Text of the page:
Home Sports Chemutai risks, chases and conquers

Chemutai risks, chases and conquers


By George Katongole

Peruth Chemutai’s career has finally come full circle as her first appearance at the Olympic Games last month was a memorable record in the Women’s 3000m Steeplechase.

Setting a new national record in the process, 22-year-old Chemutai became the first Ugandan woman ever to win an Olympic medal.

Peruth Chemutai runs her way to victory at the 2020 Tokyo Summer Olympics.

Her watershed moment was only the third Olympic gold won by Uganda in any sport, after John Akii-Bua’s 400m Hurdles win in 1972 and Stephen Kiprotich’s victory in the 2012 Marathon.

When she crossed the line, Uganda’s wait for gold at Tokyo was greeted with wild celebrations in Kampala.

During the race, Chemutai started confidently chasing down USA’s Courtney Frerichs, who won silver at the 2017 World Championships, on the final lap and pulled away to win by 20 metres.

She had moved in front early in the race before Frerichs took the initiative with three laps to go, pulling away from the field.

But Chemutai responded to the challenge and overtook the American on the last lap before crossing the line 3.34 seconds ahead of her.

“I’m so happy and proud of myself. It was a good race. I enjoyed myself and I enjoyed the weather,” Chemutai said, after arrival in Uganda.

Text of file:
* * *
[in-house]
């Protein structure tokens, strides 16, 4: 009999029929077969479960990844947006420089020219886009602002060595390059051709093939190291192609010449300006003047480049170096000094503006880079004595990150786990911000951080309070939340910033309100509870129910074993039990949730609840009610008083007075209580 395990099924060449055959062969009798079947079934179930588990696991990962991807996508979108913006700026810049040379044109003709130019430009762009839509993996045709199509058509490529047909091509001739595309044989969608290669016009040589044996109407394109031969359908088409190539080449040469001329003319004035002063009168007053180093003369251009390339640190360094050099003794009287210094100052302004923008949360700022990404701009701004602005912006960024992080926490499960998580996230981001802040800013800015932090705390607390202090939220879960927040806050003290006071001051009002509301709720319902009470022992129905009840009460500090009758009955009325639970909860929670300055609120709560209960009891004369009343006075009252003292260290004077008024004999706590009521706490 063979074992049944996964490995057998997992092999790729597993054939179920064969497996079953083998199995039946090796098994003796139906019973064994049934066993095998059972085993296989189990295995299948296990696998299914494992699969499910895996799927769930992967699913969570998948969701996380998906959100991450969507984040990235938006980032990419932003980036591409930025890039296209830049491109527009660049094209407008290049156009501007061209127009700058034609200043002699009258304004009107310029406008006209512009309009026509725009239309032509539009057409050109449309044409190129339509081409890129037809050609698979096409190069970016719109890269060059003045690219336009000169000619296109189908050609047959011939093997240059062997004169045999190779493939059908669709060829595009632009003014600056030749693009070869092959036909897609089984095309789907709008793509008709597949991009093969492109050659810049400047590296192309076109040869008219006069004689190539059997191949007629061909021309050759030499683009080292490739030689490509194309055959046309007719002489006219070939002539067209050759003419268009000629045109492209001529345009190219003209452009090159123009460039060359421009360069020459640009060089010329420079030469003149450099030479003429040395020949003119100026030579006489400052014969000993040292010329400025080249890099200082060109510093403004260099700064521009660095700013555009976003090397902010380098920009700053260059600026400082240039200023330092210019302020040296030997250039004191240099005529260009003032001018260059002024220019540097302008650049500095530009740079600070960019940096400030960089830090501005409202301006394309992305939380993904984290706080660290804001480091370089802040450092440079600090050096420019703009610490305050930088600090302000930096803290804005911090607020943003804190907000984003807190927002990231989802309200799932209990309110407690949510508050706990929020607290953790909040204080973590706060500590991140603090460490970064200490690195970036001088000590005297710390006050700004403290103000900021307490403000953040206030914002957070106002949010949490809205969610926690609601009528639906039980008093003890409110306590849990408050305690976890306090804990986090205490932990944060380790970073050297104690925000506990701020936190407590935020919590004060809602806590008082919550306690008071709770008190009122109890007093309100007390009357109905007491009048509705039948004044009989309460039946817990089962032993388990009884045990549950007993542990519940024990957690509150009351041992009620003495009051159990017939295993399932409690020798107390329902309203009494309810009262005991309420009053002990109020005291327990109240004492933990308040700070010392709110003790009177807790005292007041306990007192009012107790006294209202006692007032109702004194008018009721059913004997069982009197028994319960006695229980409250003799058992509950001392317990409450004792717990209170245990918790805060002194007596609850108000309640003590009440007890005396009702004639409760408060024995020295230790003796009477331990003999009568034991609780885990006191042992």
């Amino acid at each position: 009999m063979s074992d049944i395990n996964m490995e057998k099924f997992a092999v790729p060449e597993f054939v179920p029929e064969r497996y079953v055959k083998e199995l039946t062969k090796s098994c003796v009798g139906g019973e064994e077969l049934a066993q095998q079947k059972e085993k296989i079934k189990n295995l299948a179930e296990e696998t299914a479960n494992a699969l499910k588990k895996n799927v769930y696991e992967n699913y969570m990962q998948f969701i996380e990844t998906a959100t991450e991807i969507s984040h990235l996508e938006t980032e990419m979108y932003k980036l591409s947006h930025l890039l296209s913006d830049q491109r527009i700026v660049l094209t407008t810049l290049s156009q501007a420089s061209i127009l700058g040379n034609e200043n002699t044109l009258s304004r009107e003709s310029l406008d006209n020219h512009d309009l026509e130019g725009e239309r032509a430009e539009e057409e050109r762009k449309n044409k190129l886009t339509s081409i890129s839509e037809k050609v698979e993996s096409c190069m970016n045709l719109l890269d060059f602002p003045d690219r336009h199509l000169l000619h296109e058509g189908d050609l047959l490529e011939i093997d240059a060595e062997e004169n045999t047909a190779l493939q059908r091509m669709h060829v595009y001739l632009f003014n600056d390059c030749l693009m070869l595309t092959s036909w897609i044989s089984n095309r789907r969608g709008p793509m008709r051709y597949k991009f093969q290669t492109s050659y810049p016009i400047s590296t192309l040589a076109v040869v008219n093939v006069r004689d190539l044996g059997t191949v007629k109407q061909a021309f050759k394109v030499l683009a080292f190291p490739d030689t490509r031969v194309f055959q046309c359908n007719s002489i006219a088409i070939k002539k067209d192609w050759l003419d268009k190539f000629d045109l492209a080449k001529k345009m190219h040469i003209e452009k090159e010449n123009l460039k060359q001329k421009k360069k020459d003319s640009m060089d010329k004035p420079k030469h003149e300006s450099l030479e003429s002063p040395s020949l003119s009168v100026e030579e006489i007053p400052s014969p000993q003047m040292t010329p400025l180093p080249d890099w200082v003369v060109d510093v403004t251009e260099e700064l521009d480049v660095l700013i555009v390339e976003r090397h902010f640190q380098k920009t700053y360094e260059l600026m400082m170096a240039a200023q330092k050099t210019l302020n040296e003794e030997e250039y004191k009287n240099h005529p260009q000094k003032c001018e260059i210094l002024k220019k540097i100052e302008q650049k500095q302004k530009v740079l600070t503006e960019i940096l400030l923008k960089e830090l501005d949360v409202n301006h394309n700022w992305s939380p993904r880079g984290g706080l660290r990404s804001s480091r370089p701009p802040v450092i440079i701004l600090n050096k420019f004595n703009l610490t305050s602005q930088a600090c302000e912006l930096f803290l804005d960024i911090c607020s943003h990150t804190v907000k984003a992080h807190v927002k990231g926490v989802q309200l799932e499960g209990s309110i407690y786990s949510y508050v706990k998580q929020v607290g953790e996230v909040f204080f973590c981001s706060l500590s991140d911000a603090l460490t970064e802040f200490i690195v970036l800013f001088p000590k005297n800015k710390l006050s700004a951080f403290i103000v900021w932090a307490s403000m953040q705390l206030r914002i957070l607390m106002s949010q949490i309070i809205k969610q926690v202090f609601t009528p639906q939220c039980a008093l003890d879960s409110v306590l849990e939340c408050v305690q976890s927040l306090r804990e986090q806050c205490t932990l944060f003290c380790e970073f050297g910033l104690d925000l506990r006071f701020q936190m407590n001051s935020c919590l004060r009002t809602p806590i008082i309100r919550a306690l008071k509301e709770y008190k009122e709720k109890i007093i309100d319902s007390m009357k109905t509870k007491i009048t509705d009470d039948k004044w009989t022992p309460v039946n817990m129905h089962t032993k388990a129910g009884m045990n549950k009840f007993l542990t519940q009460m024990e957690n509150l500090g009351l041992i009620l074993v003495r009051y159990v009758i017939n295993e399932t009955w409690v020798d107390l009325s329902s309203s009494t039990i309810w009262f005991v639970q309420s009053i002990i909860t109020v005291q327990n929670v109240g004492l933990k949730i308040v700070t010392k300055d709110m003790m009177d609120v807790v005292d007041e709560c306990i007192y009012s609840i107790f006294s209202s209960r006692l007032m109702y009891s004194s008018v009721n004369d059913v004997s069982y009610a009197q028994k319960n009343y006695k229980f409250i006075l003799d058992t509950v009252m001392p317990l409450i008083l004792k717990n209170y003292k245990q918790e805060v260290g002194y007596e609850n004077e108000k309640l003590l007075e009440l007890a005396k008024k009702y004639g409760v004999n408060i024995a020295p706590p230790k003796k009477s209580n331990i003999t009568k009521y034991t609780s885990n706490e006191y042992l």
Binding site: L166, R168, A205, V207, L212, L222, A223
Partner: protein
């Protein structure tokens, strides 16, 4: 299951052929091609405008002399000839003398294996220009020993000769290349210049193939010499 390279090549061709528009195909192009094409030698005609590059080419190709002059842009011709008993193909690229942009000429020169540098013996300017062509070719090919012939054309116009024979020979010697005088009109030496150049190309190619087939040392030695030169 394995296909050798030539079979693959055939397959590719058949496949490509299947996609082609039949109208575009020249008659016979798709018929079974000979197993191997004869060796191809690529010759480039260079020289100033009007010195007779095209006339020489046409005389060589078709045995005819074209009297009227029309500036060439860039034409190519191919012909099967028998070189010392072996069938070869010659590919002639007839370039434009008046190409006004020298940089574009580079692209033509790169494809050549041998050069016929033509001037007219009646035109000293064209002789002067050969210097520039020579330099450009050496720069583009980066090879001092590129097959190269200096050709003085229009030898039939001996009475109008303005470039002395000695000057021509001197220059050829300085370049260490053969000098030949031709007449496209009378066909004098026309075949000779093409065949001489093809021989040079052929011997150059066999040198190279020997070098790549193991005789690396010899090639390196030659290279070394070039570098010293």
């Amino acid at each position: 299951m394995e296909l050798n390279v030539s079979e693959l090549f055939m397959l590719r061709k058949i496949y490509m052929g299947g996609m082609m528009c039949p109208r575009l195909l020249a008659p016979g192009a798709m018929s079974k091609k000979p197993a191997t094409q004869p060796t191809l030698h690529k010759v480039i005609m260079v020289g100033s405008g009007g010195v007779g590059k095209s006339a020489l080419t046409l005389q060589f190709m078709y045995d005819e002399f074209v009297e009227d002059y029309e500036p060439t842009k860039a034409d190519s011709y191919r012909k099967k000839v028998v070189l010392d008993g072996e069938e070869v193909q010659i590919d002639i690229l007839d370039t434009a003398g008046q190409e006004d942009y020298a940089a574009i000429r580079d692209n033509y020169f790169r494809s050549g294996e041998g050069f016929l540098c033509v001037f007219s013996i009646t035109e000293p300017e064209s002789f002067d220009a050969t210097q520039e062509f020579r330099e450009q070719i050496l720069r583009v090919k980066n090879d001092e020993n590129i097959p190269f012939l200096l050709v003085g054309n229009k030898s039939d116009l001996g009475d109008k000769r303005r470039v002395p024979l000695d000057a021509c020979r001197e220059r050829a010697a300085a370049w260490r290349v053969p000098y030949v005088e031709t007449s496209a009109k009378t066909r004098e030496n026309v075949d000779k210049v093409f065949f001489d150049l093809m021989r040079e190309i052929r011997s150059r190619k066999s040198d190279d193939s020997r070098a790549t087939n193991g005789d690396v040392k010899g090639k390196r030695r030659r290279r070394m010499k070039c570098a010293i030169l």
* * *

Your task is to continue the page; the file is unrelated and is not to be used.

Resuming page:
Peruth Chemutai celebrates her victory after winning a gold medal. (Photos/World Athletics)

Easy field
Commentators probably did not envisage her triumph as Chemutai was hardly full of experience.

She had finished seventh at the Rio Olympics five years ago before a fifth-place finish at the World Championships in Doha.

Luckily for her, the race was open as the standout steeplechaser Kenya’s Beatrice Chepkoech, who broke the world record in 2018 clocking 8:44.32, has not quite been so dominant this year.

Her compatriot Hyvin Kiyeng (Kenya), who won the world title in 2015, also misjudged her race, starting her final kick late as she secured the final podium place.

The fastest of the entrants, who is the African Games champion, Mekides Abebe (Ethiopia), clocked 9:06.16 to finish fourth.

Home reward
Chemutai, who dropped out of school in senior one, was clearly enjoying herself on the big stage and she was among the three beneficiaries of the presidential reward of a brand new Pajero car from President Yoweri Museveni, during a welcome ceremony at Kololo Airstrip.

In her home area of Kapchorwa, she received a heroes’ welcome alongside teammates Joshua Cheptegei and Jacob Kiplimo, where three cows were slaughtered at the victors’ party.

Early days
Chemutai started elite running in 2013 after an inspiring outing during the district athletics championships in Bukwo.
She later decided to take it as a profession. But this came at a cost as she had to drop out of school to chase her dream.

Born to Isaya and Sophie Chebet on July 10, 1999, Chemutai is the second born of 12.

She attended Chemuron Primary School before joining Tulel SS Bukwo, from where she dropped out to concentrate on running.

Police Athletics Club recruited her in 2015 and deployed her in the sports department as a Special Police Constable (SPC).

She travelled to the Olympics with hope of gold, and there she is smiling her way into record-breaking.

Chemutai is now top of the league and she has proven without doubt that she will be a force to reckon with in the athletics world.

Most importantly, she is a girl many will remember for years to come.


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